With the COVID-19 pandemic affecting all of us worldwide, how a community cares for the health of its citizens is particularly relevant. We may take the availability of local health services for granted in normal times, but it’s worth considering how they’ve evolved over the past 125 years. Learn about the history of Boulder’s healthcare roots in our latest blog with our friends at Museum of Boulder.
A center for health at 4th & Mapleton
Boulder has been a center for the health-conscious since at least 1896, when Dr. John Harvey Kellogg, of cereal fame, opened the Colorado Sanitarium at 4th and Mapleton. At that time, the facility was a resort and health spa run by the Seventh Day Adventist Church after its founding by Dr. Kellogg. He championed natural foods by developing combinations of nuts and grains to produce corn flakes, granola and peanut butter, among other things prepared by the Colorado Sanitarium Food Company on the facility’s grounds. Guests were gradually introduced to healthier eating habits by being moved through stages from a “conservative” diet that included meat, white bread, and caffeinated coffee and tea when they first arrived to a menu with, for example, meat but no coffee or tea. The last stage was to a “radical” diet where no “food poisons” were served at all.
The guests were encouraged to enjoy the access to foothills hiking trails at their doorstep. These trails included Mount Sanitas, which was named for the presence of “the San” at its base. They were also offered more adventuresome treatments ranging from hydrotherapy to electric shock. The sanitarium was replaced in the 1950s with Boulder Memorial Hospital, which has subsequently closed, and the property is now being developed into a continuing care residential senior facility.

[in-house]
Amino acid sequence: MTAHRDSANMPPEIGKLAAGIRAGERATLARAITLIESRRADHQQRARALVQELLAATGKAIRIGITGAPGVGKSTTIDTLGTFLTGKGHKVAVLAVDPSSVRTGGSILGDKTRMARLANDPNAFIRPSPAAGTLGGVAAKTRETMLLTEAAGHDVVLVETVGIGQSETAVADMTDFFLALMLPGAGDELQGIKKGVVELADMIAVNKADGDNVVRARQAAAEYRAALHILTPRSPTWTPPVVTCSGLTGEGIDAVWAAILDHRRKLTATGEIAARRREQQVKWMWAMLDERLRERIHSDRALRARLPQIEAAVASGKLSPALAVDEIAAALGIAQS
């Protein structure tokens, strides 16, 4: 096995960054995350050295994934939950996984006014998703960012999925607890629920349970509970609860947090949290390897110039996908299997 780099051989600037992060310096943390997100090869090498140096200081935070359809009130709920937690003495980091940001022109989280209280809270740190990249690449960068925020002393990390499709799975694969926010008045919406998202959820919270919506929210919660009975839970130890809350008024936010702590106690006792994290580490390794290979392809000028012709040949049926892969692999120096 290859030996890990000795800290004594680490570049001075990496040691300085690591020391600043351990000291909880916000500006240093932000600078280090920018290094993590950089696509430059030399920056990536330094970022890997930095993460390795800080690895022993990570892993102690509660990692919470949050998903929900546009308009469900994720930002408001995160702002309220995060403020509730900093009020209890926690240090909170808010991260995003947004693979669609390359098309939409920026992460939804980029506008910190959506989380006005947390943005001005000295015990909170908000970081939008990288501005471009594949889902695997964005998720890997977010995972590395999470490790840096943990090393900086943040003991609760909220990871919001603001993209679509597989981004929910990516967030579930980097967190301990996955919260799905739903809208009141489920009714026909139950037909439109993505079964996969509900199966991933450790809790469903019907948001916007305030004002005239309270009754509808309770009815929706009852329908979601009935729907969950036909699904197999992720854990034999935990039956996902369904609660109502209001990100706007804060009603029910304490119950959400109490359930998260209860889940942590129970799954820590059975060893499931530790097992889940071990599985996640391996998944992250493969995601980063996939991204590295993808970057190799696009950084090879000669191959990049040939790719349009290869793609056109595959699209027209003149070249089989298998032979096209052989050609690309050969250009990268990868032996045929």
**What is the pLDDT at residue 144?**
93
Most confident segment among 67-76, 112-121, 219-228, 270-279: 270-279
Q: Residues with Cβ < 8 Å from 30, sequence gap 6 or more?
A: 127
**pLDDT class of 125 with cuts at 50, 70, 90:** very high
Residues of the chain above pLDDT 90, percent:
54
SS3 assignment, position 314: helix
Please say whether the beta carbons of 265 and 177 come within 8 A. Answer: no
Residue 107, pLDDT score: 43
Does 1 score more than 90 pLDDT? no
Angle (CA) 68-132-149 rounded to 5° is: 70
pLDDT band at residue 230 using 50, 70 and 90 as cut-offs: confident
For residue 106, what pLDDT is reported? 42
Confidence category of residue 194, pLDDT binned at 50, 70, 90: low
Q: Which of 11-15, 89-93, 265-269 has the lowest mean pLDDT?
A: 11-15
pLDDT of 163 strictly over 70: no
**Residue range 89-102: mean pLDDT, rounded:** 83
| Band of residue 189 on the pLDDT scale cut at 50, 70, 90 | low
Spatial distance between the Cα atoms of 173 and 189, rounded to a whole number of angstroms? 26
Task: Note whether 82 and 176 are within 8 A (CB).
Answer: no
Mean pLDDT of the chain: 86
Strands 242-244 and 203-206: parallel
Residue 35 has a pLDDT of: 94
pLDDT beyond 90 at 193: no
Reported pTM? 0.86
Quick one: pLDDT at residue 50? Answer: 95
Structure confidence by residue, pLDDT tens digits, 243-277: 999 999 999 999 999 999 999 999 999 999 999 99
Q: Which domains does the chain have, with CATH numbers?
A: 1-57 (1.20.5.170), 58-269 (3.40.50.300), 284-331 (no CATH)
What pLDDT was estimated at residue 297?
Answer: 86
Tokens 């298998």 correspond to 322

A farm converted for health care at Iris & Broadway
In 1918, W.W. Wolf sold his farmhouse, land and orchard to Boulder County to use as a hospital and poor farm. Once a spacious addition was completed, staff members and 30 residents moved into the former home and agricultural property. The Boulder County Hospital and Poor Farm were located at today’s intersection of Iris and Broadway — the mission-style addition is still in use as the Boulder County Offices of Housing and Human Services. Publicly funded living facilities like this were not only for the disabled but also for indigents, the aged, and the insane. Those residents who were able-bodied had to work in return for their room and board. The institution closed in 1962 when the number of residents had dwindled and could be accommodated at newer facilities in town.
Celebrating 100 years
Many of us have used the services of today’s Boulder Community Hospital (BCH), which is celebrating its 100th anniversary this year. Boulder’s most comprehensive medical care facility started as a teaching hospital, built in 1889 on the CU Boulder campus. When the University moved its medical school to Denver in 1920, a group of local doctors bought the Ben Hagman residence at Broadway and Alpine and converted it into the 15-bed North Boulder Hospital. In 1922, the Community Hospital Association was incorporated as a not-for-profit organization. By 1926, it was operating as Boulder Community Hospital with 45 patient beds. Capacity increased over the years, such that it grew to a 172-bed facility by 1974.
Since then, satellite clinics, offices and medical centers affiliated with BCH have been opened all over Boulder County. Many hospital services have been consolidated at the new Foothills campus location since both the Mapleton and Broadway locations were closed in 2015 and 2019, respectively, and the entire organization is now known as Boulder Community Health. The 8.8-acre Alpine-Balsam campus has been purchased by the City for the potential development of mixed-use office, residential and community space.
We are thankful to all of our healthcare workers past and present in our Colorado communities. To learn more about Boulder’s rich history, we encourage you to visit the Museum of Boulder website.*
*This link navigates to a third-party website.